This is the second week in our Advent Activity Discussion Group – “Conversion of Heart: the story of Etty Hillesum”. We welcome your attendance at St Canice’a at 11.30 am on Sundays up until Christmas. For those who can not make it in person, we invite you to read the following and contribute any comments here on line that you’d like to share.
Obviously, this second discussion and the two that follow will all be about Etty – as she comes through to us in the extracts from her diaries that Annemarie Kidder provides (in Annemarie S Kidder ed., Etty Hillesum: Essential Writings Orbis, New York, 2009). We will also use Kidder’s three titles –’The Self’, ‘The World’ and ‘Self and World as One’ – for our discussions, but at the same time, will be trying to make our own way through the ma- terial as far as possible.
I know some of you will be drawing on Etty’s diaries from earlier editions, but any quotes I use will be from Kidders’ book, and the references will be to her page numbers.
You will have noticed that Etty herself has many different ways of describing ‘the self’. One is to refer to it as her ‘centre’ (see p. 29 for example). She says of it that it goes beyond the personal and is ‘supra-personal’ (p. 33). And she tells herself in an early passage that to cultivate it is ‘to abandon that little ego of yours’ (ibid). She sees the self can ‘grow’ – it becomes ‘firmer’, for example (p. 30).
The very existence of the diaries is testimony to the influence ‘Herr S’, Julius Spier, begins to have on Etty. They start, and she finally gives herself the opportunity to write, once Spier comes into her life. Her reflections on her ‘self’ owe much to her contact with him. We see this in a couple of entries she writes in the later summer of 1941, when she is on a visit to her family home in Deventer (these begin on p. 38, see esp. pp. 39-42). While she is there, with little to do, she receives a letter from Spier, and deals with it, a day or two later, in bed – the ‘only place in the house’, she says, ‘where you can be alone’. She ad- mits that at first she had felt ‘out of touch’ with the letter. But then, suddenly it had begun to speak, and then ‘everything’ was ‘back in place’.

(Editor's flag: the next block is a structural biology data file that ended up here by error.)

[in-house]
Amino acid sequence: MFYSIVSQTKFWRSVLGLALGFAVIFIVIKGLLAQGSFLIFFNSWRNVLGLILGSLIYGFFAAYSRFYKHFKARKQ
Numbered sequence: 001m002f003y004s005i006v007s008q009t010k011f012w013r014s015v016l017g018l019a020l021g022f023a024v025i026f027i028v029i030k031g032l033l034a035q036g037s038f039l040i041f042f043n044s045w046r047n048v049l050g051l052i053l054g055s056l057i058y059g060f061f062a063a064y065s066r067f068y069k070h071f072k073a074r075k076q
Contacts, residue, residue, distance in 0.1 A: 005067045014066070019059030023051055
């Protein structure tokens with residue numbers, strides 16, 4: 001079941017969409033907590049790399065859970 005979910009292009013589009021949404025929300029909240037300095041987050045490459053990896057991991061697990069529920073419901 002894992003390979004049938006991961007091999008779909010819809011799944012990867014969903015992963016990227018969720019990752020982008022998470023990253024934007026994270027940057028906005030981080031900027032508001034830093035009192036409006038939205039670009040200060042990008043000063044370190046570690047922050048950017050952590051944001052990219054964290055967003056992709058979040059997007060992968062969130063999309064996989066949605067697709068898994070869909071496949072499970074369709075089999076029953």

‘I regained contact with myself, with the deepest and best in me, which I call God, and so also with you (i.e. Spier)’ (p. 40).
Then important things happen in her. There is a growth-stage, which brings ‘many new perceptions about myself and my bond with you (again, Spier) and my fellow beings’ (ibid), some of which come through in this same entry, and another written later on that same day, around midnight (pp. 40-42).
Etty writes of these by speaking about having the courage to be oneself. She sees that, if one lacks this, ‘then one also has no courage for others. One has no contact with one’s fellow beings’, and becomes lonely, and simply sorry for oneself etc (p. 40). And she is humble enough to admit that she has learnt this lesson from Spier himself. He has the courage to live life to the full, because he lives off his own resources and thus encourages others to live off theirs. She thinks he might be the first person she has ever related to inwardly, and tried to emulate (pp. 40-41).